By Shashank Kishore in Sylhet
Batting the weak link for both Pakistan Women and South Africa Women
In January, Pakistan won two of the three T20 Internationals, including the final, in the tri-series also involving Ireland in Doha, while South Africa shared the honours by winning the 50-over series.
When teams clash as often as these two have, there is a possibility of complacency creeping into the ranks. But the teams would be aware that a slip here would leave steep curves on their roads ahead.
It has to be said that there hasn’t been much separating the sides in terms of form and experience. However, Pakistan, on account of having played two One-Day Internationals and a one-off T20I in Bangladesh last month followed by the two warm-ups, can enjoy a slight edge.
Pakistan has taken the long route to the tournament by winning all its qualifying matches in Ireland to seal a berth. It will be led by Mir, who, along with Bismah Maroof, the vice-captain, Javeria Khan and Nain Abidi form the core of the batting unit. But the experience of these players hasn't necessarily translated into consistent performances.
The bowlers, though, have time and again dealt decisive blows and given the team a chance. In the first warm-up fixture, they made England work hard to chase down a modest 106, while, in the second, they defended a paltry 81 against Bangladesh.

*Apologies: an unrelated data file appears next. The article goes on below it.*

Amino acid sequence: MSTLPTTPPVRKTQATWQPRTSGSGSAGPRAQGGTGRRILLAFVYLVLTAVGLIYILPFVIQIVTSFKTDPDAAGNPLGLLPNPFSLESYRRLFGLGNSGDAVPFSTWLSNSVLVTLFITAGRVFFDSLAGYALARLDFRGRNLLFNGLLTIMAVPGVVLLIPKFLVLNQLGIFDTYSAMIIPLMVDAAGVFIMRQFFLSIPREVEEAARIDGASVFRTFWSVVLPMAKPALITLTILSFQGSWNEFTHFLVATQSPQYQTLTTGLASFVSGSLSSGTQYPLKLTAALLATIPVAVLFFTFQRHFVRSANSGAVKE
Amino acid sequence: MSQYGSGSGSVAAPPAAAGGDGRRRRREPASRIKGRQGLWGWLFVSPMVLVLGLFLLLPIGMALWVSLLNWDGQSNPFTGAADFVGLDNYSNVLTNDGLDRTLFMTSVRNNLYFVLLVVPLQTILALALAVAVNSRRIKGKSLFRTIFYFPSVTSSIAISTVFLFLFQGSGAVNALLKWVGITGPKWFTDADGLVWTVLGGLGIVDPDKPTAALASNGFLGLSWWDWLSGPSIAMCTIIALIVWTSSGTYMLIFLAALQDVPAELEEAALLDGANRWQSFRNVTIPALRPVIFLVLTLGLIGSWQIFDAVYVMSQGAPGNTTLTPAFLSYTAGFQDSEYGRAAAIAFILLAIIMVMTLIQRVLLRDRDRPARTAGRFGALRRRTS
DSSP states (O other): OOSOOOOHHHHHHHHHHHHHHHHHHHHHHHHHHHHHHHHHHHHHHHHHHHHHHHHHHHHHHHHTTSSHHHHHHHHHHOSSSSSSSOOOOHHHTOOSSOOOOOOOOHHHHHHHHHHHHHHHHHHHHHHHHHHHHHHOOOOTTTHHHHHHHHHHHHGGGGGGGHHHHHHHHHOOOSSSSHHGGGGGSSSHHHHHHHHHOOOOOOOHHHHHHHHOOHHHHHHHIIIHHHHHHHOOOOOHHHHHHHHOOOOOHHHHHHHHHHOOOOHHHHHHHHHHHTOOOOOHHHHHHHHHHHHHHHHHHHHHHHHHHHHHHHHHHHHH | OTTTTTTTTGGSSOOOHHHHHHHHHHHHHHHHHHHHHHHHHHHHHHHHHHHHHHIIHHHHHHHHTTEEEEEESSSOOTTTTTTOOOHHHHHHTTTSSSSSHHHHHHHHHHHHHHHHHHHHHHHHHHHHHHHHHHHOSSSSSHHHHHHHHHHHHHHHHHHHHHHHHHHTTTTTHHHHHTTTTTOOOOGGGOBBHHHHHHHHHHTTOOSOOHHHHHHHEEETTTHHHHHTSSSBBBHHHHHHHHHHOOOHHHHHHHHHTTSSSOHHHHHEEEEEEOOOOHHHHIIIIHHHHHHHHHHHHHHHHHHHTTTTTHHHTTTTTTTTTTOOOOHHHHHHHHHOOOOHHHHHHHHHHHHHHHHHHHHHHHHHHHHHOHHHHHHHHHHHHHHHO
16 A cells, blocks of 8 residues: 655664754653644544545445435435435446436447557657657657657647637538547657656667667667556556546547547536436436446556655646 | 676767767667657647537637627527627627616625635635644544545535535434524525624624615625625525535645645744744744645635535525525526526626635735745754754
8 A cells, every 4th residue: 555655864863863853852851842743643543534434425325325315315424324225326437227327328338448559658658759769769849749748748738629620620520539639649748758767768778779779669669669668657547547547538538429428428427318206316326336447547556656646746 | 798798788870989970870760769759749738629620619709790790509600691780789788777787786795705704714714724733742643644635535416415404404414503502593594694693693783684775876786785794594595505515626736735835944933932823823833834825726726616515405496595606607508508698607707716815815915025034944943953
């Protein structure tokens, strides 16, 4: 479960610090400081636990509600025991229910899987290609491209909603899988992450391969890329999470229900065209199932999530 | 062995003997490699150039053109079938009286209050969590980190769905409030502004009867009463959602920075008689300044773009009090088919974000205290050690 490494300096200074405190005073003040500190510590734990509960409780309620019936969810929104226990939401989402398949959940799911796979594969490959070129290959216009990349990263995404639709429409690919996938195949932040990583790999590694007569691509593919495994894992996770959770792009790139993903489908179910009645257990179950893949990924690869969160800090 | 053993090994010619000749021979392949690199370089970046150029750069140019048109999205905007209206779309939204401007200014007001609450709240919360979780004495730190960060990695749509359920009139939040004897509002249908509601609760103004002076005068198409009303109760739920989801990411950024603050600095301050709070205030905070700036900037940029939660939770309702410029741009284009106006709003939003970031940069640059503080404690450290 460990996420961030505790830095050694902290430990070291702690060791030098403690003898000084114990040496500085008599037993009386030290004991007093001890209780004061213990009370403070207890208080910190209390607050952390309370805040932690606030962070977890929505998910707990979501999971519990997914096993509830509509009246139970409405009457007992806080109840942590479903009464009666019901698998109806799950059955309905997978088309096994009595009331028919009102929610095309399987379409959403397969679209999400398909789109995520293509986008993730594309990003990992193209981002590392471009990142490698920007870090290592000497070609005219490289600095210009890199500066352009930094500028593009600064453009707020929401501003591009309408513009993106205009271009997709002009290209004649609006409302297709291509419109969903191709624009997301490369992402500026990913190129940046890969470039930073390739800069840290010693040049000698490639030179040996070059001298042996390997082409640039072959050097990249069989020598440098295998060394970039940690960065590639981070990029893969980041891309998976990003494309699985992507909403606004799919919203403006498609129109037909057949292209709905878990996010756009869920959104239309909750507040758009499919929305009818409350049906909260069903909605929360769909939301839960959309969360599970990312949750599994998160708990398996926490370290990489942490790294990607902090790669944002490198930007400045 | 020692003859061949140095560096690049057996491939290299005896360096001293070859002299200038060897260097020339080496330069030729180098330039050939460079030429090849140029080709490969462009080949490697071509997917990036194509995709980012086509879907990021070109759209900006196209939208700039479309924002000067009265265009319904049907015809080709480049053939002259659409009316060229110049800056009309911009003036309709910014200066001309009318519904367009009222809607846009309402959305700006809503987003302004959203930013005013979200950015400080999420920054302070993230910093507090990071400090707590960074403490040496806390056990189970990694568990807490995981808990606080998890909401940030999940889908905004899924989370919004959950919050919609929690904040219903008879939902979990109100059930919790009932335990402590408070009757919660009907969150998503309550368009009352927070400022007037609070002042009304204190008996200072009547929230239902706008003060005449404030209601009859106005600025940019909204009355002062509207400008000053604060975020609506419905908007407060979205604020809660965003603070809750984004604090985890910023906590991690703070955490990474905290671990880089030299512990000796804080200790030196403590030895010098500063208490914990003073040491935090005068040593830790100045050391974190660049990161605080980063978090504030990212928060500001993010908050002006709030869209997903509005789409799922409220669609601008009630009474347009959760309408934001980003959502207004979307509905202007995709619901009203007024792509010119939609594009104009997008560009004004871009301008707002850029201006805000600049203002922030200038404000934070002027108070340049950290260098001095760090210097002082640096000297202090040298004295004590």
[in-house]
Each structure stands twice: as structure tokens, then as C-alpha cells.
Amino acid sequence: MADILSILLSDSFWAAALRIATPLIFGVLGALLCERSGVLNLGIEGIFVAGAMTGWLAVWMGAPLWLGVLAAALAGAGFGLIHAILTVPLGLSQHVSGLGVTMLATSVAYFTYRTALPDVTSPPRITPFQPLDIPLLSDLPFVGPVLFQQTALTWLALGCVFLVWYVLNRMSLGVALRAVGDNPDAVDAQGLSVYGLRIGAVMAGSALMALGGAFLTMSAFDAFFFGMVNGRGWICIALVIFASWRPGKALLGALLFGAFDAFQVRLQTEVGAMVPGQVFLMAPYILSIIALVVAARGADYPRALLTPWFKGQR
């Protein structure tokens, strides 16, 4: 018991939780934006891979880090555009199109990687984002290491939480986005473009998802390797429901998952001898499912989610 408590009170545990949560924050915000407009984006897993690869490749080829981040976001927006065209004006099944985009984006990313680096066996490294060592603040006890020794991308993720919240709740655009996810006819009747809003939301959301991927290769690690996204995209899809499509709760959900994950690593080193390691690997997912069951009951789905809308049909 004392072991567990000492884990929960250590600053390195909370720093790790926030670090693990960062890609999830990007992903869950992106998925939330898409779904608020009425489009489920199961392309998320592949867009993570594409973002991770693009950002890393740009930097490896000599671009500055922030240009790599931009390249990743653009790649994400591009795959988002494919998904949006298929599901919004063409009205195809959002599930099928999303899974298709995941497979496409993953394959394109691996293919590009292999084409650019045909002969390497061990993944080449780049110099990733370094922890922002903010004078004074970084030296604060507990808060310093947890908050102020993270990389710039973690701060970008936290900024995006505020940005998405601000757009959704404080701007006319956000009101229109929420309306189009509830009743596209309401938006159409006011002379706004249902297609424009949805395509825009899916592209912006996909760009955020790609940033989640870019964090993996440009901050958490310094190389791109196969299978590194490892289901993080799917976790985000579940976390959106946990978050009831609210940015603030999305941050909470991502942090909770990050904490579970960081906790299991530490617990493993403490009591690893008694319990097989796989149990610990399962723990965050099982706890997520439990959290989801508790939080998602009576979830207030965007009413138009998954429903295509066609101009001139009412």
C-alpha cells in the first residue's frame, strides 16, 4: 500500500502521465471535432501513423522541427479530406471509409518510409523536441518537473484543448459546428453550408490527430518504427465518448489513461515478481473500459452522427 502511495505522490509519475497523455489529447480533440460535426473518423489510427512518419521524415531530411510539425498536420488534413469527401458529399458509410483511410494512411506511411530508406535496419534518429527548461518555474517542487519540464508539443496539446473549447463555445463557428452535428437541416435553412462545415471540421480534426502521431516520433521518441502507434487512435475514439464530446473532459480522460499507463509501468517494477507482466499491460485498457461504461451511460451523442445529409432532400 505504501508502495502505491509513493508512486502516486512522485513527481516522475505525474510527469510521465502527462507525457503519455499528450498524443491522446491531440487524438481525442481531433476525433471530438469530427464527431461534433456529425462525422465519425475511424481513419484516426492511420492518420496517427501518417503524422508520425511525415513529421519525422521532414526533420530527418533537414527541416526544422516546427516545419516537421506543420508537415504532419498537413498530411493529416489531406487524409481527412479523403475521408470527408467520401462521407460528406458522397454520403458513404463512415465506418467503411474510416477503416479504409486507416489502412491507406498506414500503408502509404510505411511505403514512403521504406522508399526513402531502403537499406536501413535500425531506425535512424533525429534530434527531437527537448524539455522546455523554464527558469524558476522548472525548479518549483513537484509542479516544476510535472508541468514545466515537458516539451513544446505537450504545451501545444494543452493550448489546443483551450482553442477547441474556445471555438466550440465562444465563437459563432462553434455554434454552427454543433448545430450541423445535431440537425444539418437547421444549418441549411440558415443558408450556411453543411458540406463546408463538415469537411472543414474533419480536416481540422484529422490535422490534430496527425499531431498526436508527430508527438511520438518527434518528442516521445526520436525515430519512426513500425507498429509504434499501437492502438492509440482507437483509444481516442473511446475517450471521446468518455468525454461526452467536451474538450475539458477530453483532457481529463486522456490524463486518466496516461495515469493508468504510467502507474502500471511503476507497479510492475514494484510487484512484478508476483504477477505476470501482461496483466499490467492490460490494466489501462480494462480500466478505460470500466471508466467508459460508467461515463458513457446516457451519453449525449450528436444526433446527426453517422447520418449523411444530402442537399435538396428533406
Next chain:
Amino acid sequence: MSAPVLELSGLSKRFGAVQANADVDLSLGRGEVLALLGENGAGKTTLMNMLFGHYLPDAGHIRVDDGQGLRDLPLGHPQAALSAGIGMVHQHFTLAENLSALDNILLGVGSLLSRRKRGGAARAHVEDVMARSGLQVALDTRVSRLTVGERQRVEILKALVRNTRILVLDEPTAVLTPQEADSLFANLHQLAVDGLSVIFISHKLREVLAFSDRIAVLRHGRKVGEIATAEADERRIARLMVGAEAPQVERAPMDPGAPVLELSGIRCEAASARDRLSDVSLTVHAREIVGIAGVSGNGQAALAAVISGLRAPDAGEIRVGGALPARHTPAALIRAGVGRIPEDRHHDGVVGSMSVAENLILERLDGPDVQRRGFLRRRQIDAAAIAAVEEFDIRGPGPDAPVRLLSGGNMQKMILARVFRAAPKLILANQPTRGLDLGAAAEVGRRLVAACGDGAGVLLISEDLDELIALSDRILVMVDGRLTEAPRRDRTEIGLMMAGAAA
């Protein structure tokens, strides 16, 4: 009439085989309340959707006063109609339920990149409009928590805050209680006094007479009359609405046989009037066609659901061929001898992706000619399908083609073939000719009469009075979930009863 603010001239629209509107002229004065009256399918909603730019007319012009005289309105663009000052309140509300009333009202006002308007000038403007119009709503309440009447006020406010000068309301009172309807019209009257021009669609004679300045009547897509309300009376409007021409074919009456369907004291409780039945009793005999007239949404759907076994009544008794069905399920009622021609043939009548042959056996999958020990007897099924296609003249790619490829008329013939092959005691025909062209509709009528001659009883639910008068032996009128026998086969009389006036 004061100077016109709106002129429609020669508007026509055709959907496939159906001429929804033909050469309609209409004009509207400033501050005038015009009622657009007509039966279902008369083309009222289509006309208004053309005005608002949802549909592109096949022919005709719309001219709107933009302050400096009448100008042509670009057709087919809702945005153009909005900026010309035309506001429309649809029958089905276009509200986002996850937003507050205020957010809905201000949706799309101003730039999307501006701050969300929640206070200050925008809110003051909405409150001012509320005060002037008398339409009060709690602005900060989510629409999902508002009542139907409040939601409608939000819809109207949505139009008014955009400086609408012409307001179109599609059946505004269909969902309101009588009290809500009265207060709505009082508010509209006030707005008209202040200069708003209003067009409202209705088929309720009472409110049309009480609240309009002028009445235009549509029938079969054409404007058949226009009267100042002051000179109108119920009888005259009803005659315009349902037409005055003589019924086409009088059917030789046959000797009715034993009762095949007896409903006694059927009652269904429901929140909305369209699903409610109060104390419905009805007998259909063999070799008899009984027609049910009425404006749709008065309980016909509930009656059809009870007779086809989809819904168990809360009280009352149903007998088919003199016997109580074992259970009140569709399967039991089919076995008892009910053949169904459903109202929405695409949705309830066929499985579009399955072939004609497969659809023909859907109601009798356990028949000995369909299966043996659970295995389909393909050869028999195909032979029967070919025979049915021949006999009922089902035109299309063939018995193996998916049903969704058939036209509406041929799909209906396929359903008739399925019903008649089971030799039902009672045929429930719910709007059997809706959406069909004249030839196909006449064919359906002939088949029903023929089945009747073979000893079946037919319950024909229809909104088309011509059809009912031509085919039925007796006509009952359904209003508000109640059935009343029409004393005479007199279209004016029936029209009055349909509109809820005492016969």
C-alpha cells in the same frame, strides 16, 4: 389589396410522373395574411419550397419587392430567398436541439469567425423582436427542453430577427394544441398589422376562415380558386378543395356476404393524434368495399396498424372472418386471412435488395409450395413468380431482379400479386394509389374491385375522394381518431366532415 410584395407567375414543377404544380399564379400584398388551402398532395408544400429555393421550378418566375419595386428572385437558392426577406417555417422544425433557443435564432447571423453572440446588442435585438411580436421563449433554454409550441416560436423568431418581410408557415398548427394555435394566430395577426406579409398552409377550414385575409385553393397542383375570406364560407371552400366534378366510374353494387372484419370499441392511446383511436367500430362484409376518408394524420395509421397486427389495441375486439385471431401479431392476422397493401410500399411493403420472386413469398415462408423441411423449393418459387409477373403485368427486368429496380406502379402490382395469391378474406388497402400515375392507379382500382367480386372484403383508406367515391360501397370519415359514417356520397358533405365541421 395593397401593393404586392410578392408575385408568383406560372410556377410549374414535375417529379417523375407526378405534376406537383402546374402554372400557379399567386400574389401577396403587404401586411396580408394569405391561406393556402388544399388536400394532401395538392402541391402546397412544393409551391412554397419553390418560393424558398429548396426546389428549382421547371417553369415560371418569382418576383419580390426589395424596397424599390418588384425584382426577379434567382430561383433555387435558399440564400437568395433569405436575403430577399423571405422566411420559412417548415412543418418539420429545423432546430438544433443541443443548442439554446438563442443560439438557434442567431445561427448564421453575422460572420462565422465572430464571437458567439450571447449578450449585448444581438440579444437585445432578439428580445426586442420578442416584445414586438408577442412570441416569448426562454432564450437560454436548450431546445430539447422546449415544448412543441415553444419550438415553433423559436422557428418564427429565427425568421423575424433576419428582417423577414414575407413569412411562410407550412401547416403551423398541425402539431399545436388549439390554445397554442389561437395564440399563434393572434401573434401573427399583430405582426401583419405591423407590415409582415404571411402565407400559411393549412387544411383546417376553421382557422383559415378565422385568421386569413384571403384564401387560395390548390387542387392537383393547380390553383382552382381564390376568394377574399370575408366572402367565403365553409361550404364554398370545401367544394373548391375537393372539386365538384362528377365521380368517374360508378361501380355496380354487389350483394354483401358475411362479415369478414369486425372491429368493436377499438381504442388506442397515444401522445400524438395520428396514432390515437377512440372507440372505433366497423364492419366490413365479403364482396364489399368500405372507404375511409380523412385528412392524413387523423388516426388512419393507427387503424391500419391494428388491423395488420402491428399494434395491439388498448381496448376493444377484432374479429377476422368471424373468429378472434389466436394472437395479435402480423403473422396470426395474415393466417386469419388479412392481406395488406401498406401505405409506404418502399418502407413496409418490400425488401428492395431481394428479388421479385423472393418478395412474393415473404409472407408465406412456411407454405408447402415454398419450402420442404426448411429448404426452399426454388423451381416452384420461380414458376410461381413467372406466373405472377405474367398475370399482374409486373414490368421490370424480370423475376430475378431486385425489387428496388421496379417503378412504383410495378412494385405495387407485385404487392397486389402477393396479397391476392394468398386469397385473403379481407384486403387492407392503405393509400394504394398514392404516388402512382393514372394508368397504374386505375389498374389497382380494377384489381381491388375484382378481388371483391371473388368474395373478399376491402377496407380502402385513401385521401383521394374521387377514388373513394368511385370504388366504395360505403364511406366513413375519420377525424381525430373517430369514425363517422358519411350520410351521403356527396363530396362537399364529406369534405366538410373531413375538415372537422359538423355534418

It's a clear case of the team making the most of what it has, and Mir explained the reasons for the way things are. “We haven't been fortunate enough to play at home," she said. "Mostly, we've had to rely on matches overseas. We've played a lot in England, Ireland where the conditions have helped the bowlers. That experience is beginning to show now, and hopefully even on these pitches, they'll be able to make an impact.”
South Africa was denied an opportunity to add finishing touches to its somewhat long preparatory season due to incessant rain last month, but before that, it beat Sri Lanka and Bangladesh convincingly at home.
But du Preez stressed on the positives the team gained out of playing in similar conditions in Qatar. "More than the home series, the series in Doha gave us a good insight into what to expect here," she said. "Playing in the heat, the humidity, the type of wickets, I think will help us. Our core group is strong and hopefully the youngsters can also build some valuable experience."
In Shabnim Ismail and Chloe Tyron, the team is blessed with two quality new-ball bowlers, while Sunette Loubser chips in with some useful offspin. Marizanne Kapp and Dan van Niekerk offer variety with their seam-ups, but it’s their ability to wield the willow lower down in the order that makes them a dangerous proposition.
What South Africa will want to address, though, is the batting fragility upfront – in the past, the inability to score quickly at the start has resulted in their downfall. Therefore, the onus, as is often the case in a T20 game, will be on the batters.
What both teams need to be mindful of, though, is the dew, given that the match will be played under lights, which means that the significance of the toss can't be downplayed.
Pakistan: Nain Abidi, Nida Dar, Javeria Khan, Sana Mir (capt), Bismah Maroof, Batool Fatima (wk), Asmavia Iqbal, Qanita Jalil, Sumaiya Siddiqi, Sadia Yousuf, Nahida Khan, Sania Khan, Sidra Ameen, Marina Iqbal.
South Africa: Mignon du Preez (capt), Trisha Chetty (wk), Shandre Fritz, Moseline Daniels, Marizanne Kapp, Lizelle Lee, Shabnim Ismail, Marcia Letsoalo, Sunette Loubser, Sune Luus, Nadine Moodley, Chloe Tyron, Dane van Niekerk, Yolandi van der Westhuzien, Andrie Steyn.